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At Surplus, Inventory Takes Just a Few Minutes

One of the apparel chain's stores is using EPC RFID tags to track men's jeans stored on shelves in stacks up to eight feet high.
By Claire Swedberg
Aug 09, 2011A Surplus clothing store in Montreal is using an RFID solution to reduce its inventory process for jeans, down from a full day's task to just five minutes, thereby allowing the store's management to gain daily inventory updates regarding the approximately 800 pairs of jeans on its shelves. The system, provided by RFID inventory-control company Overheer Systems, consists of an EPC Gen 2 ultrahigh-frequency (UHF) RFID tag attached to each pair of men's jeans, as well as a handheld RFID reader, with data from each tag read being stored in Overheer's Reflect software-as-a-service (SaaS) solution.

Tracking inventory can be a laborious task for a small clothing store with a limited number of staff members who must also attend to customers' needs. "It can take an entire day," says Mike Gowing, the manager of the Surplus store located on Boulevard St. Laurent, in Montreal, "and then we have to stop and serve customers, of course." For that reason, inventory is not conducted as frequently as Gowing would like, thus making it difficult for the staff to know if a certain item or size is mis-shelved, or needs to be replenished. Thus, at least once annually, the store must close its doors for an entire day in order to complete the inventory process.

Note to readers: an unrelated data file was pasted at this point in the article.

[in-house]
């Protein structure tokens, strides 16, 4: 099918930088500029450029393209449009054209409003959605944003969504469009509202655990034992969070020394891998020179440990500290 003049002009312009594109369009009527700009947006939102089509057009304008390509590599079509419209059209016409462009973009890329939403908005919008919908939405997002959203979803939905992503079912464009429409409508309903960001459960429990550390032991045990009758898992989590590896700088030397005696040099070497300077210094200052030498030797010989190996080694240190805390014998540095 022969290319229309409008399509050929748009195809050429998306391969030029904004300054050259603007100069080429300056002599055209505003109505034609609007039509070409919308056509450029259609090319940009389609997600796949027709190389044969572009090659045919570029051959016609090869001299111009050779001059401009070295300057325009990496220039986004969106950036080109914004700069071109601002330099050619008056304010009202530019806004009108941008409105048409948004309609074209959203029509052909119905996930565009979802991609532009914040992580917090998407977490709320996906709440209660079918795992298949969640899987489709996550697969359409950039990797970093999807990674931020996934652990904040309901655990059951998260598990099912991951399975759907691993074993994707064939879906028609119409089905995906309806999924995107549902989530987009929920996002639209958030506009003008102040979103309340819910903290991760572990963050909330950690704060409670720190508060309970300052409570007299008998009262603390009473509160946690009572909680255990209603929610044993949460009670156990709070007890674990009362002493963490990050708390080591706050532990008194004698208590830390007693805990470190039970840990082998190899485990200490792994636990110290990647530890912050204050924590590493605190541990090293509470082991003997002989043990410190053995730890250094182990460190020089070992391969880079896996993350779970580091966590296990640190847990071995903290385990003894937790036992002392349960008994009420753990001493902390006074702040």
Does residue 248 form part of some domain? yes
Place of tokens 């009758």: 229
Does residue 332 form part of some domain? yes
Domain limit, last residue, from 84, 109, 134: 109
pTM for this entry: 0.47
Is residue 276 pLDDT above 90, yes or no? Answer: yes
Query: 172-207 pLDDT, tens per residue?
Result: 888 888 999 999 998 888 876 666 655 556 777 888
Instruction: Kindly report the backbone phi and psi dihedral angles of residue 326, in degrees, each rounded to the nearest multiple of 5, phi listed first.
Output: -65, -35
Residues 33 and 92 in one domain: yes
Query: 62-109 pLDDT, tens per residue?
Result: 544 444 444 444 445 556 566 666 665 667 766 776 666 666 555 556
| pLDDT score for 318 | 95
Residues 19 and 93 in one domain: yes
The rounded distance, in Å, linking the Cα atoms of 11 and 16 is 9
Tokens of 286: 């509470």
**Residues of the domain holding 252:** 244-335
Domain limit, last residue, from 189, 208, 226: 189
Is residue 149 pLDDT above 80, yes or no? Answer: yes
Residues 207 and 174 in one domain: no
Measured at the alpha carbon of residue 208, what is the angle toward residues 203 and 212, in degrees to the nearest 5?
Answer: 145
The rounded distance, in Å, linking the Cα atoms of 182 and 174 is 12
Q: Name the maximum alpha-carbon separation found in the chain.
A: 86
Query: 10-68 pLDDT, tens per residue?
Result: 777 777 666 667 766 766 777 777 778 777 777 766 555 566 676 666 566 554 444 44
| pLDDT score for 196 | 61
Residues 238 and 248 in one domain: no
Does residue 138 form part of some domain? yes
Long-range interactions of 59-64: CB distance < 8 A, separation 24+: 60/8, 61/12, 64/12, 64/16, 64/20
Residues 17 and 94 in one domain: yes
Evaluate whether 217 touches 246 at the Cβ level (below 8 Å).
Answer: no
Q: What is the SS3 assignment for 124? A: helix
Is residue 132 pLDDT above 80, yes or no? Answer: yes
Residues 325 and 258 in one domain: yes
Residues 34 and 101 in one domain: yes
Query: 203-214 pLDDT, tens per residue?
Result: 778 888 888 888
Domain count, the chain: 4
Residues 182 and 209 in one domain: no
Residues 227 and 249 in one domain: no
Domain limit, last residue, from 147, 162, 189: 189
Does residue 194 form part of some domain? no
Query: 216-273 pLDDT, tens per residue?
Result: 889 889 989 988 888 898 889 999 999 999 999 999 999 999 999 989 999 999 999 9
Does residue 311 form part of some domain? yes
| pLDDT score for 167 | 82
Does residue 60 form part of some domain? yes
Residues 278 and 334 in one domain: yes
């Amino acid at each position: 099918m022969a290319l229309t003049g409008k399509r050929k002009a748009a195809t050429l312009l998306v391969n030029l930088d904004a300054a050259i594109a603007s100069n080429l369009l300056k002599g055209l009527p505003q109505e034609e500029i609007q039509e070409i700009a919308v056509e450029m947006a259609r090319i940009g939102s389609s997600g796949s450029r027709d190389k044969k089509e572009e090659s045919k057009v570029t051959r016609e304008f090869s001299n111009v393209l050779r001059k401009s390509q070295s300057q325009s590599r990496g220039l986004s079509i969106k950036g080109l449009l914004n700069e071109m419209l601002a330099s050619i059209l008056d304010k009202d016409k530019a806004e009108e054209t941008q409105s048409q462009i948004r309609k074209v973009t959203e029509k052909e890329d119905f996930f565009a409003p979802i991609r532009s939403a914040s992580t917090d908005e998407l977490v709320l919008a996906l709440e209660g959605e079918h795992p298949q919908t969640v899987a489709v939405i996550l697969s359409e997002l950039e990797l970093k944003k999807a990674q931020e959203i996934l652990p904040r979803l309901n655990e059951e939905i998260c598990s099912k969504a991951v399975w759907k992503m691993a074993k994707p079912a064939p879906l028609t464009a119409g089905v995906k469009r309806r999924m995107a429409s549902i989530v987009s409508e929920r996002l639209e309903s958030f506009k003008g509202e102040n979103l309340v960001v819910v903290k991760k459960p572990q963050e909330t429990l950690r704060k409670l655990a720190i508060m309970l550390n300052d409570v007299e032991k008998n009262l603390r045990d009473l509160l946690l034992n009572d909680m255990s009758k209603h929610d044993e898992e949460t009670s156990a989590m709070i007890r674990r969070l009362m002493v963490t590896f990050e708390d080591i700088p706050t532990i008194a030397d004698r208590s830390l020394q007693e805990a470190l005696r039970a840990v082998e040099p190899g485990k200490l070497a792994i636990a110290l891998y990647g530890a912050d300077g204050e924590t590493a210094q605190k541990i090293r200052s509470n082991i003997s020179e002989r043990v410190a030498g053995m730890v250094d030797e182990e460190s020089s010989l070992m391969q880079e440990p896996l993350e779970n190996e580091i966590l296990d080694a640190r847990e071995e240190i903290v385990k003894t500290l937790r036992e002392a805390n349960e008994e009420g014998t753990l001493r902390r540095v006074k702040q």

Mike Gowing, manager of Surplus' Boulevard St. Laurent store in Montreal, holding a Motorola handheld reader
Surplus is a discount chain that sells luxury branded designer apparel and accessories, including high-end jeans and street wear made by Diesel. Jeans represent the majority of the company's inventory, and are among the most difficult items to inventory, due to how they are stacked on shelves. Gowing decided to begin with tagging men's jeans—with a total of about 500 pairs tagged—in early June 2011.

Approximately two months ago, the company began applying passive UHF Gen 2 RFID tags to each pair of jeans, and then stacking the pants on sales-floor shelves. Gowing chose to tag his store's jeans since they are of high value—and difficult to inventory, because they are placed in stacks up to eight feet high, and are thus cumbersome to count via manual methods. Overheer and Gowing tried two different types of tags: a paper hangtag with an embedded UPM Short Dipole RFID tag, and a Retailers Advantage electronic article surveillance (EAS) hard tag with a built-in UPM DogBone RFID inlay. In both cases, the tags were applied to the jeans at the store. About 25 percent of the tagged items were paper hangtags, according to Phil Lassner, Overheer's president, while the rest were hard tags. "We wanted to see the read reliability on both," he states.

In the past, Gowing's staff had to remove stacks of jeans from a shelf and count them manually, but with RFID, workers simply wave a Motorola Solutions 3090-Z handheld reader past the shelves. With each tag read, the data is transmitted via a Wi-Fi Internet connection to Reflect software residing on a hosted server, according to Dan Sandler, Overheer's VP. The store can then access that information via the Internet, create a record of what is on the shelf during a particular day and a given employee shift, and compare that information against what the inventory levels should be at that store, based on point-of-sale (POS) and receiving data. In that way, the store can not only ensure that items are replenished before running out, but it can also identify when unpurchased goods leave the store—and, if that is the case, under whose watch they may be disappearing.

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